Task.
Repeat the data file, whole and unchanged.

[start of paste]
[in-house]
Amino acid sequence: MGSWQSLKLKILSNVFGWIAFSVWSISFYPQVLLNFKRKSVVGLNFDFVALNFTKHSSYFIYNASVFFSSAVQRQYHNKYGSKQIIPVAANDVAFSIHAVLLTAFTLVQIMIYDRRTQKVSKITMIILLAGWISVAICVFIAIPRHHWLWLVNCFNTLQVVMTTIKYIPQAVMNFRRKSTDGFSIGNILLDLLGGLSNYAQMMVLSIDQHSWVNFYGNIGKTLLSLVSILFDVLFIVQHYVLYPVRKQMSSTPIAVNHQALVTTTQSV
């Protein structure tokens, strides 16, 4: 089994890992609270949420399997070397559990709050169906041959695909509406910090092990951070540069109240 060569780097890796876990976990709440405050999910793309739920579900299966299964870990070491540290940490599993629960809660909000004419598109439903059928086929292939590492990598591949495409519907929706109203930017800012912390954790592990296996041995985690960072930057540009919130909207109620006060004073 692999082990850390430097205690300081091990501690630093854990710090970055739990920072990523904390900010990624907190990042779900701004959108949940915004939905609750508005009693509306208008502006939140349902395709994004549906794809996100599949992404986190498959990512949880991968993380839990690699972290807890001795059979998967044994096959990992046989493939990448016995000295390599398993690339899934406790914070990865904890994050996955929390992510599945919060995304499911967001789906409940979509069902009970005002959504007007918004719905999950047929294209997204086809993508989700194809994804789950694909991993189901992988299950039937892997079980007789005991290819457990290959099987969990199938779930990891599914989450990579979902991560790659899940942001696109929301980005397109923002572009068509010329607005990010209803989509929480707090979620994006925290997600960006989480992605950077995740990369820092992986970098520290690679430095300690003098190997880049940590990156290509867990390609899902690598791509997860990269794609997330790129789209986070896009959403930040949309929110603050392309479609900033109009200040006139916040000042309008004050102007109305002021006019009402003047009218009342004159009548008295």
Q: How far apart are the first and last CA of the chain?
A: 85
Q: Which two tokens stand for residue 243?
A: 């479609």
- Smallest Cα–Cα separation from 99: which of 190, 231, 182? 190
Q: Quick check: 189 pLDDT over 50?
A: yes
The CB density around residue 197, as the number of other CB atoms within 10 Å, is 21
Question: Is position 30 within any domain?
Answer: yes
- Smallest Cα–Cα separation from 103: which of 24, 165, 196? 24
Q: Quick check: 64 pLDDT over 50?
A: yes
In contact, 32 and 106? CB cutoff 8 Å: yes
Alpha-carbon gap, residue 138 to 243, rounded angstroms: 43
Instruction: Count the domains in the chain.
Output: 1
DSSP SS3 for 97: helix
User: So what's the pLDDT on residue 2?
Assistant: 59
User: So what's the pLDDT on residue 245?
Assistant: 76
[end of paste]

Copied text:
[in-house]
Amino acid sequence: MGSWQSLKLKILSNVFGWIAFSVWSISFYPQVLLNFKRKSVVGLNFDFVALNFTKHSSYFIYNASVFFSSAVQRQYHNKYGSKQIIPVAANDVAFSIHAVLLTAFTLVQIMIYDRRTQKVSKITMIILLAGWISVAICVFIAIPRHHWLWLVNCFNTLQVVMTTIKYIPQAVMNFRRKSTDGFSIGNILLDLLGGLSNYAQMMVLSIDQHSWVNFYGNIGKTLLSLVSILFDVLFIVQHYVLYPVRKQMSSTPIAVNHQALVTTTQSV
């Protein structure tokens, strides 16, 4: 089994890992609270949420399997070397559990709050169906041959695909509406910090092990951070540069109240 060569780097890796876990976990709440405050999910793309739920579900299966299964870990070491540290940490599993629960809660909000004419598109439903059928086929292939590492990598591949495409519907929706109203930017800012912390954790592990296996041995985690960072930057540009919130909207109620006060004073 692999082990850390430097205690300081091990501690630093854990710090970055739990920072990523904390900010990624907190990042779900701004959108949940915004939905609750508005009693509306208008502006939140349902395709994004549906794809996100599949992404986190498959990512949880991968993380839990690699972290807890001795059979998967044994096959990992046989493939990448016995000295390599398993690339899934406790914070990865904890994050996955929390992510599945919060995304499911967001789906409940979509069902009970005002959504007007918004719905999950047929294209997204086809993508989700194809994804789950694909991993189901992988299950039937892997079980007789005991290819457990290959099987969990199938779930990891599914989450990579979902991560790659899940942001696109929301980005397109923002572009068509010329607005990010209803989509929480707090979620994006925290997600960006989480992605950077995740990369820092992986970098520290690679430095300690003098190997880049940590990156290509867990390609899902690598791509997860990269794609997330790129789209986070896009959403930040949309929110603050392309479609900033109009200040006139916040000042309008004050102007109305002021006019009402003047009218009342004159009548008295």
Q: How far apart are the first and last CA of the chain?
A: 85
Q: Which two tokens stand for residue 243?
A: 């479609």
- Smallest Cα–Cα separation from 99: which of 190, 231, 182? 190
Q: Quick check: 189 pLDDT over 50?
A: yes
The CB density around residue 197, as the number of other CB atoms within 10 Å, is 21
Question: Is position 30 within any domain?
Answer: yes
- Smallest Cα–Cα separation from 103: which of 24, 165, 196? 24
Q: Quick check: 64 pLDDT over 50?
A: yes
In contact, 32 and 106? CB cutoff 8 Å: yes
Alpha-carbon gap, residue 138 to 243, rounded angstroms: 43
Instruction: Count the domains in the chain.
Output: 1
DSSP SS3 for 97: helix
User: So what's the pLDDT on residue 2?
Assistant: 59
User: So what's the pLDDT on residue 245?
Assistant: 76